Having been to Beijing before during the frenetic times of the Beijing 2008 Olympics, I was curious to return to see what the city looked like when it was “business as usual.” Somewhat surprisingly, it almost felt like the city was even more frenetic this time round. Traffic was heavier. Air pollution was thicker (smog prevented us from seeing the sun during the 4 days we were there). And it even felt like security checks were more intense (for example, you now go through security checks for the metro and many popular public monuments). But after spending 3-weeks in almost isolation in Mongolia, Christine and I were ready to take on a big city.
We hit the key tourist sites like Tiananmen Square and the Forbidden City. We also did a tour of Peking University after I presented to the MBA class there on careers post business school and why they should be using LinkedIn (yep, months after leaving my job at LinkedIn I’m still cheerleading for them. Go LinkedIn.). And we searched around for the best food Beijing has to offer from Peking Duck to Cantonese specialties (stuff I grew up with) to Hot Pot.
Great Wall of China
Visiting the Great Wall was just breathtaking, even second time around. When I did it the first time back in 2008, we went to the more “popular” (read: touristy) section of Badaling. Luckily, this time my wonderful friend and China expert, Nat Gray, encouraged us to go to the more secluded section of Jinshanling. We followed her advice and are so grateful we did.
We visited on a Sunday morning. There was kind of an eery feeling we arrived, in part due to the dense mist in the air, but mainly due to the fact that there was no one else around. Here we were, visiting one of the world’s most popular tourist attractions on a weekend and we were the only people in sight! It took us almost an hour before we saw other people on the Wall, and even then, we probably only saw about 20 or so other people during the four hours we traveled along the Wall. It was an incredible experience.
While driving to and from the Great Wall we did a bit of reading up on the history. Many of us know it was built to help defend China from its aggressive neighbours like the Mongols. What we didn’t previously know is that sections of the Wall were originally built even before China was a unified kingdom by the separate independent states. It wasn’t until the Qin dynasty (221-207 BC) when China was unified as a single kingdom did the project begin to make it a Wall for a unified China, and hence the moniker the “Great” Wall. Interesting, no?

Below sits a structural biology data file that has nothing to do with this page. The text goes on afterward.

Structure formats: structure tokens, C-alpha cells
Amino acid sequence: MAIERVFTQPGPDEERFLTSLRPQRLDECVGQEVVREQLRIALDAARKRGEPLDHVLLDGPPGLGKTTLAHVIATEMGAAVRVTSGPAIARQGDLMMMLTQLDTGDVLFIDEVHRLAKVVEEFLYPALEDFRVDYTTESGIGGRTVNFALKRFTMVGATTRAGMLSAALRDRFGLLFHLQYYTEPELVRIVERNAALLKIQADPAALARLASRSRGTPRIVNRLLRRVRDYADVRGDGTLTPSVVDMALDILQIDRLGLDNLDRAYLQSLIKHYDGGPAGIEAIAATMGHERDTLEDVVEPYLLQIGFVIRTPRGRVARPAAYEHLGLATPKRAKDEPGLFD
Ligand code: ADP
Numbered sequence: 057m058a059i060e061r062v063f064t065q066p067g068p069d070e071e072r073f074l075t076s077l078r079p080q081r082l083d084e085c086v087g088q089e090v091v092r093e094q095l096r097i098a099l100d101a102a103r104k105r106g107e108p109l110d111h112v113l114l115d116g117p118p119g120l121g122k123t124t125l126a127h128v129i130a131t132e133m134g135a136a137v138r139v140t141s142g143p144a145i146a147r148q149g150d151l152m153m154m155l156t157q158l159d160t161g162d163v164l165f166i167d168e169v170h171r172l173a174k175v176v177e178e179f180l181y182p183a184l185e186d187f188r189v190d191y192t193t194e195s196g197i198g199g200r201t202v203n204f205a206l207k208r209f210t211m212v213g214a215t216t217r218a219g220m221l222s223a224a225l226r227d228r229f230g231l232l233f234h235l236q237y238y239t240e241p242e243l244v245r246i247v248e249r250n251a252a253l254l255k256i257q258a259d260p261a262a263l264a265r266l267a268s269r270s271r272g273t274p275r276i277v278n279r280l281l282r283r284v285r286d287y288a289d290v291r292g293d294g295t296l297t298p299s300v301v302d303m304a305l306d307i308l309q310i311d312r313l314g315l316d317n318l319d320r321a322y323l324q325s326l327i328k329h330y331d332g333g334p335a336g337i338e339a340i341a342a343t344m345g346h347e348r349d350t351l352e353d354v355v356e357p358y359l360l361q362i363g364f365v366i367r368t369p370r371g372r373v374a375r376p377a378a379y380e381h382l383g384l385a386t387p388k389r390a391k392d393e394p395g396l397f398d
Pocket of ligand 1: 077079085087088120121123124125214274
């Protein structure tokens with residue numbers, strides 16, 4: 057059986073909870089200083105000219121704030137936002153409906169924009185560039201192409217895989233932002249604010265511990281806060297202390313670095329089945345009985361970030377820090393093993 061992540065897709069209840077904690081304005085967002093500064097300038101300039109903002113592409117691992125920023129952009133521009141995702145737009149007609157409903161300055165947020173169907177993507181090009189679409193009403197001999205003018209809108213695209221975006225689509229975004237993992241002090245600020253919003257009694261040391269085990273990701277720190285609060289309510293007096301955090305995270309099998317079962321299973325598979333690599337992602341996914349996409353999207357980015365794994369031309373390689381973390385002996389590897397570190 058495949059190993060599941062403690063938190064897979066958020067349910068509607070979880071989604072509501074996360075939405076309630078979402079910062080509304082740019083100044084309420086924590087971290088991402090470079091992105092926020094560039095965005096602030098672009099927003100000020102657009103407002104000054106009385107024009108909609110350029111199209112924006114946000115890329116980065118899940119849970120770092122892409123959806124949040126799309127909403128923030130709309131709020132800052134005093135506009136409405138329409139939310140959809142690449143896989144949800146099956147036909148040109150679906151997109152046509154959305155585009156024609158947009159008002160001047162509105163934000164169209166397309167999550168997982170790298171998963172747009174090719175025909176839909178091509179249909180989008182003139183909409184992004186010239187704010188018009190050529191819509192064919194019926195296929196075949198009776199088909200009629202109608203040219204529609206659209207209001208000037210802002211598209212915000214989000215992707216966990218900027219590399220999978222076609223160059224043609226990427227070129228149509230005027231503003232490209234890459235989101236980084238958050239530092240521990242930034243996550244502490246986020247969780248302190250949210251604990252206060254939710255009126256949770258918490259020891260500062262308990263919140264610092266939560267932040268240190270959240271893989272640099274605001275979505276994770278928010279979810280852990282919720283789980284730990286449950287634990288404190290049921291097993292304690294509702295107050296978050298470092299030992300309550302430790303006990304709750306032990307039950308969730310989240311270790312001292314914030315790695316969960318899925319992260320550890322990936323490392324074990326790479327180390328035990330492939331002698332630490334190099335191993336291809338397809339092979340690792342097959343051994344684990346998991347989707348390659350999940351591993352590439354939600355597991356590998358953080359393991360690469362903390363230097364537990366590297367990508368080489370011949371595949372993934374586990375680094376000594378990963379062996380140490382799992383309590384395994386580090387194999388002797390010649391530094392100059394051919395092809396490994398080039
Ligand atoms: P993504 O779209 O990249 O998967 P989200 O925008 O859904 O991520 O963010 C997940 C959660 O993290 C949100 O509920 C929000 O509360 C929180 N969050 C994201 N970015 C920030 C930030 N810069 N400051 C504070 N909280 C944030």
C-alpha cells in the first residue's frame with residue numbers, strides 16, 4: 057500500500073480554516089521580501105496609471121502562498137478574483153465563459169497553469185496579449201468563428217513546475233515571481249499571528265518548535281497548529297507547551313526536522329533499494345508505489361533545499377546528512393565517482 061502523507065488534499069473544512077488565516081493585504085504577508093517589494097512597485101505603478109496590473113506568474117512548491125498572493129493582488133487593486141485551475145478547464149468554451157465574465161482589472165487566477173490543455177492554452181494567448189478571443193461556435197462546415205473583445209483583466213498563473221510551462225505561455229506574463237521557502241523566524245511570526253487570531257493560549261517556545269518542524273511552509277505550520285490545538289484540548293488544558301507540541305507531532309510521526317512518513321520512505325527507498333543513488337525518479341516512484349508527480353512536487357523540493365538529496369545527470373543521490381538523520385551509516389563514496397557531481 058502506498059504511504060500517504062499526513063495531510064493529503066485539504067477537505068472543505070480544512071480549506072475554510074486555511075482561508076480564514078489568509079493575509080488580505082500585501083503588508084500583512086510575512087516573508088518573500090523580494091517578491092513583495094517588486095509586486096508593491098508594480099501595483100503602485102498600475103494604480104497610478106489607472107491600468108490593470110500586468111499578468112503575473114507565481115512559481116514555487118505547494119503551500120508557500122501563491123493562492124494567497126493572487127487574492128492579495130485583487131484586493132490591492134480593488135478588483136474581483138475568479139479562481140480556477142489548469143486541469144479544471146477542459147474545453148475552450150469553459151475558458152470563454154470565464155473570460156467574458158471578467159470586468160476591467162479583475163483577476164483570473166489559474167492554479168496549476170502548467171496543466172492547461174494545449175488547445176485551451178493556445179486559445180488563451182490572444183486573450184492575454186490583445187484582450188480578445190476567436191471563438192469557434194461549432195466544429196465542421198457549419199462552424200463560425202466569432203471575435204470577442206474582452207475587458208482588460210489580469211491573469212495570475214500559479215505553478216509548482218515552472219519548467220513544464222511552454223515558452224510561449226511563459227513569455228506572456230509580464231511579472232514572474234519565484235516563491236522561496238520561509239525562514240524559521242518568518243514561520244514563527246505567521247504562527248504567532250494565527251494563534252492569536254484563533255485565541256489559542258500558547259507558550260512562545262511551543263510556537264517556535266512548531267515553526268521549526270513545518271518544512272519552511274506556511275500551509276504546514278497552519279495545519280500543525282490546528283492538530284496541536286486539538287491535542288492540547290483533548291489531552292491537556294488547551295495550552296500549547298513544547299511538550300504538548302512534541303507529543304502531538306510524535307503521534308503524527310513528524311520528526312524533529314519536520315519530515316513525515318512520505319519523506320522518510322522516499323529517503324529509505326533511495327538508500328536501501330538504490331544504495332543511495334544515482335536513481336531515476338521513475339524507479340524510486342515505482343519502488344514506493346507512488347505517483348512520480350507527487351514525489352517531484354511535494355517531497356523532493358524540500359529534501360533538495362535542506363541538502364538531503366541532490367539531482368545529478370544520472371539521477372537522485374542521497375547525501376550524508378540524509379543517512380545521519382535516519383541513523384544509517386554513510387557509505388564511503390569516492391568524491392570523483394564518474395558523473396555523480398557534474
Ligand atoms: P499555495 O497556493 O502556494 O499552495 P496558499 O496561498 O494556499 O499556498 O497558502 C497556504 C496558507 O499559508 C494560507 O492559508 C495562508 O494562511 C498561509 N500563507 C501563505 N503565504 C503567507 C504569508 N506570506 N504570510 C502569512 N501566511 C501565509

Xi’an and the Terracotta Warriors
We put a 2-day stop in Xi’an on our itinerary largely to see the Terracotta Warriors. We were pleasantly surprised that Xi’an is a wonderful city in its own right. It also has a rich history, being the original capital of the unified China up until the Tang dynasty ended around 907. Some of the top things to do in Xi’an are to visit the old town (particularly the Muslim Quarter where you get to taste some incredible street food) as well as marvel (or better still, bike ride around) the 14km city wall.
Nonetheless, seeing the Terracotta Warriors was the highlight of our trip to Xi’an. The quick history on the Terracotta Warriors is that they were built by the first emperor of the unified China, Qin Shi Huang back around 210 BC. The purpose was for the army to ensure he would be as powerful in his afterlife as he was during his time in the real world. It is said he kicked off the project when he was 13 years old, and had 600,000 people work on it until his death at age 50. But the project was never officially documented so it wasn’t until some peasant farmers in 1976 accidentally stumbled upon it when trying to get water from a well that the incredible work was discovered.
The museum is incredibly well done. It is built on the actual site that the Terracotta Warriors were found and excavated, leaving each of the pieces in their original places. Being there makes you feel like you are part of an archaeological excavation. But what blew me away was that while there are tens of thousands of these life-size warriors, each of their faces is distinct. Incredible.
Jiuzhaigou and Huanglong
One of China’s not-so-secret natural treasures is Jiuzhaigou National Park. I say “not-so-secret” because even though most people outside of China have probably never heard of this park, most people in China do know about it. And when we visited, it felt like EVERYONE in China was there visiting with us. While admittedly the crowds did detract somewhat from the experience, the park itself was nothing short of breathtaking. I truly have never seen lakes with such vibrant colours before. If I didn’t know better, I would have said they looked artificial because they were that spectacular. The blues, greens, turquoises, milky whites of them were really incredible. My words, and even our photos, don’t do it justice.